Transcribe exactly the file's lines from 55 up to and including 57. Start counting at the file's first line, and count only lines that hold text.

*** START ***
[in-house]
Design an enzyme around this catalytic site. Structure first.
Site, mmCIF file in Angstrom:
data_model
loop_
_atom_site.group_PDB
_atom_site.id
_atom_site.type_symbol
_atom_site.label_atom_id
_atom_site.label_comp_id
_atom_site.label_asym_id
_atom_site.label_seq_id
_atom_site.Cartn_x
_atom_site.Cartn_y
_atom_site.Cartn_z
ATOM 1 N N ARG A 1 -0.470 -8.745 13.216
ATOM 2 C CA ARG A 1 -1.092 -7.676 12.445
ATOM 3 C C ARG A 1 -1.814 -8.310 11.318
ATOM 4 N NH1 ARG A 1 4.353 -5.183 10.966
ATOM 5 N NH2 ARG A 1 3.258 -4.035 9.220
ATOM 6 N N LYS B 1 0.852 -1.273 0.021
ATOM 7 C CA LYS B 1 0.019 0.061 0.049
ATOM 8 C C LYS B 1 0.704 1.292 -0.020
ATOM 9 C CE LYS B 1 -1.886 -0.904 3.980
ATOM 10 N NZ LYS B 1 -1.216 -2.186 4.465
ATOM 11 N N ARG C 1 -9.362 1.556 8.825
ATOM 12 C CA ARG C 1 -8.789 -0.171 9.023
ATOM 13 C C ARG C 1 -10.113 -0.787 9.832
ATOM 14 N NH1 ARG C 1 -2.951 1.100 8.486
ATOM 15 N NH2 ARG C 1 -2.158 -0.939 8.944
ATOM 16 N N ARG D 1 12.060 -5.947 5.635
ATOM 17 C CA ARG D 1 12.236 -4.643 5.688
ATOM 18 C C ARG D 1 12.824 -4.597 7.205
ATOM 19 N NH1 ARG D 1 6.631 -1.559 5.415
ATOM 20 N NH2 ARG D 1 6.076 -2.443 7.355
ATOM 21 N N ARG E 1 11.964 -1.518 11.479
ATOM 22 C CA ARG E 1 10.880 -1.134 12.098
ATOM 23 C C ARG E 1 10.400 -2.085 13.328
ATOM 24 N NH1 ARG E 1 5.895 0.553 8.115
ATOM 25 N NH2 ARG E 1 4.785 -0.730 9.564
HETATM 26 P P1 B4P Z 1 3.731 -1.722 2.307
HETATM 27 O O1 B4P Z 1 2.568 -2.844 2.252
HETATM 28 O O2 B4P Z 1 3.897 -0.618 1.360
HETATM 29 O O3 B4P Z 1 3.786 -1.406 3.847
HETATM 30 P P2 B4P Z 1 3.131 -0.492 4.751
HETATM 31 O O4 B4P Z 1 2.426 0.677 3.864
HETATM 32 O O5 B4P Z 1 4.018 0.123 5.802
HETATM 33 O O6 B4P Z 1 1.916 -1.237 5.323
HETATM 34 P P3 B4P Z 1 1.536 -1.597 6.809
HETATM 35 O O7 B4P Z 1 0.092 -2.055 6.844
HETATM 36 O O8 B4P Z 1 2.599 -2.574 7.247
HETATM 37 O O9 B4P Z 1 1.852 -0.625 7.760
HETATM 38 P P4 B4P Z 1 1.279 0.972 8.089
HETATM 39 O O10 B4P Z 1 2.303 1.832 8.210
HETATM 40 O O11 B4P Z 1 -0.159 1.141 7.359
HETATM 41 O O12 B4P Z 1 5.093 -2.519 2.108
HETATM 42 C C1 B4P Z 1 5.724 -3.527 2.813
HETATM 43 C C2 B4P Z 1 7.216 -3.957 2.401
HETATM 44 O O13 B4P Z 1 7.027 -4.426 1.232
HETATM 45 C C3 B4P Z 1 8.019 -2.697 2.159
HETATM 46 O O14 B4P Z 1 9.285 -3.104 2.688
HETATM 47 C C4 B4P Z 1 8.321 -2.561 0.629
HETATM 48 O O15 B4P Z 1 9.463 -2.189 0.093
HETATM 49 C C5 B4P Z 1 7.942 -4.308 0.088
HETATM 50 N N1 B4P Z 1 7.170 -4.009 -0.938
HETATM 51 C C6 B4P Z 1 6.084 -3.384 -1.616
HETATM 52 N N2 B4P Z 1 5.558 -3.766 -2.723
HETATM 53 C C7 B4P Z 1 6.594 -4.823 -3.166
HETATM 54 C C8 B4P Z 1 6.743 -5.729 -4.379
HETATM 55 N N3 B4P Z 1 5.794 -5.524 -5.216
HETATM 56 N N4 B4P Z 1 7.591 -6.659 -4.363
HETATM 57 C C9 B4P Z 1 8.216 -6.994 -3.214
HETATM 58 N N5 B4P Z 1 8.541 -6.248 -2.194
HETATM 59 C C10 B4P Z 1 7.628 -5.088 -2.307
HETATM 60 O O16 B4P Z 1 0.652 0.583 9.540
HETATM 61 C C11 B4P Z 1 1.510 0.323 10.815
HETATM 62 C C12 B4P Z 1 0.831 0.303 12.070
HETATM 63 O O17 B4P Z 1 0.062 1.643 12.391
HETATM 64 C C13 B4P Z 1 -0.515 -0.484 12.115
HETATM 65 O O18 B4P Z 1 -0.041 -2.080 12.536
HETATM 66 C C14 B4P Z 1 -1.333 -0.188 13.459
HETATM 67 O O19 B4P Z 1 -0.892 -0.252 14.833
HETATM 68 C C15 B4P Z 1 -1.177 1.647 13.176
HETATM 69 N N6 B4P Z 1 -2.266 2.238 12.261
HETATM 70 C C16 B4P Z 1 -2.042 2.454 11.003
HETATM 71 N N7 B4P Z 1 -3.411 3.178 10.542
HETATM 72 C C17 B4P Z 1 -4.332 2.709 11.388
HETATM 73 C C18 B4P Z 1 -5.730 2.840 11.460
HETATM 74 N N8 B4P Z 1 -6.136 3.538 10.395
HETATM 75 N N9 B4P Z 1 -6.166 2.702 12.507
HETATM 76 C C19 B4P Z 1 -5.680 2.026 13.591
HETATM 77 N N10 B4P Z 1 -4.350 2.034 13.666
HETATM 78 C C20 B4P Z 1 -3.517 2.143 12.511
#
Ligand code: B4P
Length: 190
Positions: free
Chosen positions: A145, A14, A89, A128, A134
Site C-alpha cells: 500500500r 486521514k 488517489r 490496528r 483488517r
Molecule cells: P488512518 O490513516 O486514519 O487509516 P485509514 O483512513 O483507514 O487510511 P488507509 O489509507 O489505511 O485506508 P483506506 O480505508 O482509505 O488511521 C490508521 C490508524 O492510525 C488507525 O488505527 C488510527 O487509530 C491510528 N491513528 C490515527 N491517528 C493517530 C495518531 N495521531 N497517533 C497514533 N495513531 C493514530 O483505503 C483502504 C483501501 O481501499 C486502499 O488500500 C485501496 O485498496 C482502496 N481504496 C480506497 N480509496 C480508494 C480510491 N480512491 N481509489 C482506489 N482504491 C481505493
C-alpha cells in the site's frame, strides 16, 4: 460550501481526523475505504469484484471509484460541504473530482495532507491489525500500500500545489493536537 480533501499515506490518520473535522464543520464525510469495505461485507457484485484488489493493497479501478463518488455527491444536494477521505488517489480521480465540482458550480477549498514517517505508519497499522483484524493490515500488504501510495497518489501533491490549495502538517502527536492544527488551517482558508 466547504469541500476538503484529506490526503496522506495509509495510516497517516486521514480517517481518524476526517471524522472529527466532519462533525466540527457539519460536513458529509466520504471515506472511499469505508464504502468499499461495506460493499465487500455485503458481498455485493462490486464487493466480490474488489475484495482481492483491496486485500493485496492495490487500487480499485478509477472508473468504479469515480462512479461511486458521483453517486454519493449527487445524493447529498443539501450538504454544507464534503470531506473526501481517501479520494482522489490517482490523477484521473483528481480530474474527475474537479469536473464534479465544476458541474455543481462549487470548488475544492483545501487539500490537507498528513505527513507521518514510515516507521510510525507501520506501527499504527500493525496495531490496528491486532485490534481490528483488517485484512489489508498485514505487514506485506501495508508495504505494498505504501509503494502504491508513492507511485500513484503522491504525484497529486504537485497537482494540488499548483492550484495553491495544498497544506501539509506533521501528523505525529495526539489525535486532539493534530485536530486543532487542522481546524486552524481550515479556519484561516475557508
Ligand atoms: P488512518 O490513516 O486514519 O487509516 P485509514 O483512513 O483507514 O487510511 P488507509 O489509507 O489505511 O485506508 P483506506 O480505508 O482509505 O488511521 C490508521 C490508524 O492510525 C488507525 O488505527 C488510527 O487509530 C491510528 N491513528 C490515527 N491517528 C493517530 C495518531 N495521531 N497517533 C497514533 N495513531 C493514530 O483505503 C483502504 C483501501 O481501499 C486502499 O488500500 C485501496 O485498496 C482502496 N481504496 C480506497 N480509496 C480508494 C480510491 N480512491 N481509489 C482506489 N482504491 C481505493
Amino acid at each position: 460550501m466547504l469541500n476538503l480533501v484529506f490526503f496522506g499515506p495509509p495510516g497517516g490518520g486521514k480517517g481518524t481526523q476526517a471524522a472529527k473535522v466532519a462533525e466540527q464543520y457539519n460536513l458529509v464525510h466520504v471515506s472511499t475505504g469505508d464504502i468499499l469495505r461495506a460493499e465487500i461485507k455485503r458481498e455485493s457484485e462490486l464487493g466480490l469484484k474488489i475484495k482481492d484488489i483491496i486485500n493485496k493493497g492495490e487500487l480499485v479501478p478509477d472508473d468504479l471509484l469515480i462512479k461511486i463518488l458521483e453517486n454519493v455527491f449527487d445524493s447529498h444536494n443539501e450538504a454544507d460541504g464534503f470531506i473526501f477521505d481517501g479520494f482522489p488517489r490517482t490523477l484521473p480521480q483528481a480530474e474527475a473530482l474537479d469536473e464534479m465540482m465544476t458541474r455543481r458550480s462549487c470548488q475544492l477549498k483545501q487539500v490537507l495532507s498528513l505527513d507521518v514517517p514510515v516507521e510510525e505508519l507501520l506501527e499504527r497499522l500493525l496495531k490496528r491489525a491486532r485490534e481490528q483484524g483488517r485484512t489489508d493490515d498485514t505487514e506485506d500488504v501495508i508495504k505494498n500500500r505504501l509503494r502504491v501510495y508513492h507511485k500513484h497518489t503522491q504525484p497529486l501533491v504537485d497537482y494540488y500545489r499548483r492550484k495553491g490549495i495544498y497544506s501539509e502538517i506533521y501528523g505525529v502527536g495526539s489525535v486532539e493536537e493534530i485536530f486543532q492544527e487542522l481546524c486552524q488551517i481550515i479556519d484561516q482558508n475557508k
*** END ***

HETATM 40 O O11 B4P Z 1 -0.159 1.141 7.359
HETATM 41 O O12 B4P Z 1 5.093 -2.519 2.108
HETATM 42 C C1 B4P Z 1 5.724 -3.527 2.813